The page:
Apple release Broadband Tuner 1.0 today, which the company claims will “tweak some system parameters” to improve broadband performance.
What the company doesn’t say is that this set of patches actually does not carry out any performance tuning but simply plugs a hole the company has been exploiting in its own software that adversely affected throughput.
According to sources within the OS X group, Apple has been running its own SETI@Home-style distributed computing projects using the spare CPU cycles of its customers’ Macs and the data traffic carried out by these projects has been needlessly sapping bandwidth.
Sources claim that Apple had surreptitiously been using the computers of its customers to calculate:
- The number of calories CEO Steve Jobs would need to burn if he were to roll in a pile of $1 bills representing all the money the company has made off of the iPod line long enough to touch each one at least once.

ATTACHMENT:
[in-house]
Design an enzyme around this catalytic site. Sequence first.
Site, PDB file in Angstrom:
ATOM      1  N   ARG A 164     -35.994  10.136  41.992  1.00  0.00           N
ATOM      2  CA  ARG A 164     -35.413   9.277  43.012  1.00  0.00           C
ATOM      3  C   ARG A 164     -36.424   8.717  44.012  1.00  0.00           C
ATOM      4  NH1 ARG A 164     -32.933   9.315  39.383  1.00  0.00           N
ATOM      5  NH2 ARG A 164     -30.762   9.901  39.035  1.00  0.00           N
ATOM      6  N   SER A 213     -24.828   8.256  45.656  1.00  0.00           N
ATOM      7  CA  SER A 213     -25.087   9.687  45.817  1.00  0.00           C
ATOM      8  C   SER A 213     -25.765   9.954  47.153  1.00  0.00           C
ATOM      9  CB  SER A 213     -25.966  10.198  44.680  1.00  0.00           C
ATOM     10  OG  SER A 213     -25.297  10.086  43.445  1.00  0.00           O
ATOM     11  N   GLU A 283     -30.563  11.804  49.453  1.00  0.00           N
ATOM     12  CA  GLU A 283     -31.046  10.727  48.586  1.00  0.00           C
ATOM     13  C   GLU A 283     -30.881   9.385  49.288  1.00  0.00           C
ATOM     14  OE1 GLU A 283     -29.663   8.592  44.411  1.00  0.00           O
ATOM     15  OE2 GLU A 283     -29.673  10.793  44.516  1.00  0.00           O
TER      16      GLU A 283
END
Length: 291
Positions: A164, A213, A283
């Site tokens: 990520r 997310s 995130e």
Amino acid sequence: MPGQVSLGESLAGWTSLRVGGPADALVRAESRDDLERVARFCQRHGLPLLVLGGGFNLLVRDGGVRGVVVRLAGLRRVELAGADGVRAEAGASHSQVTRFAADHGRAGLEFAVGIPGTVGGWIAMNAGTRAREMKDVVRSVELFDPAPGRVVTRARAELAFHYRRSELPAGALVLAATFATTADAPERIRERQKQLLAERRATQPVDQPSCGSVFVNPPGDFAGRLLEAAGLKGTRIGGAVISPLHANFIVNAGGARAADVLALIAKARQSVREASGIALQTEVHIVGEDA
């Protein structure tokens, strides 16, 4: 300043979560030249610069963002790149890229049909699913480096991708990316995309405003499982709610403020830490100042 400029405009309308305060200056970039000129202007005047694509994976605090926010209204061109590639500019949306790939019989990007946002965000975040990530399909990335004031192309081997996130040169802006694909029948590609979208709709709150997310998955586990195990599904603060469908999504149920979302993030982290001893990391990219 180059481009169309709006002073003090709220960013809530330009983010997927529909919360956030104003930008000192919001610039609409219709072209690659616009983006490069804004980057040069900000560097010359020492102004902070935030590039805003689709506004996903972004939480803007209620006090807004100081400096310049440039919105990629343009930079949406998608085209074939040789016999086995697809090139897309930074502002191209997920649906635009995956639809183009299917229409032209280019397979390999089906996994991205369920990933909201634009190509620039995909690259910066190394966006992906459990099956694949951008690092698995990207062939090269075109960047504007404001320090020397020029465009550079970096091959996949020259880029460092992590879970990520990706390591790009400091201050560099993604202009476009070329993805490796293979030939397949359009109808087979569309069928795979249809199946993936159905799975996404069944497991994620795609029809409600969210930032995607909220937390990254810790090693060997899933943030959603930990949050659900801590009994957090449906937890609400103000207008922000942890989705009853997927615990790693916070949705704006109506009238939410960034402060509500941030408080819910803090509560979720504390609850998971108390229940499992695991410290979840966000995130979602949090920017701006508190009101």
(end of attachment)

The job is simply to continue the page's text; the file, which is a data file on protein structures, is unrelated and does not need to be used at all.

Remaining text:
- How many beautiful babes Apple CFO Peter Oppenheimer could “make it with” if he were “available”.
- How much wood a woodchuck would chuck if a woodchuck could chuck wood.
- Some totally bitching 3-D renderings of some bad-assed starships with phasers and photon torpedoes and shit that Senior Vice President of the iPod division Jon Rubinstein designed in his spare time with some buddies using some tracing paper and the Star Trek Technical Manual in his parent’s basement.
- How many beautiful babes Apple CFO Peter Oppenheimer could “make it with” if he were “available” (Monte Carlo simulation).
- The value of pi to the last digit. Not because they gave a damn, just because they could.
While it has now terminated these calculations, Apple has refused to respond to these charges officially.
However, CFO Peter Oppenheimer has indicated that he is not currently considering any changes in his personal life given certain data that has recently been presented to him.
Although he would have been interested in seeing the results of the Monte Carlo simulation.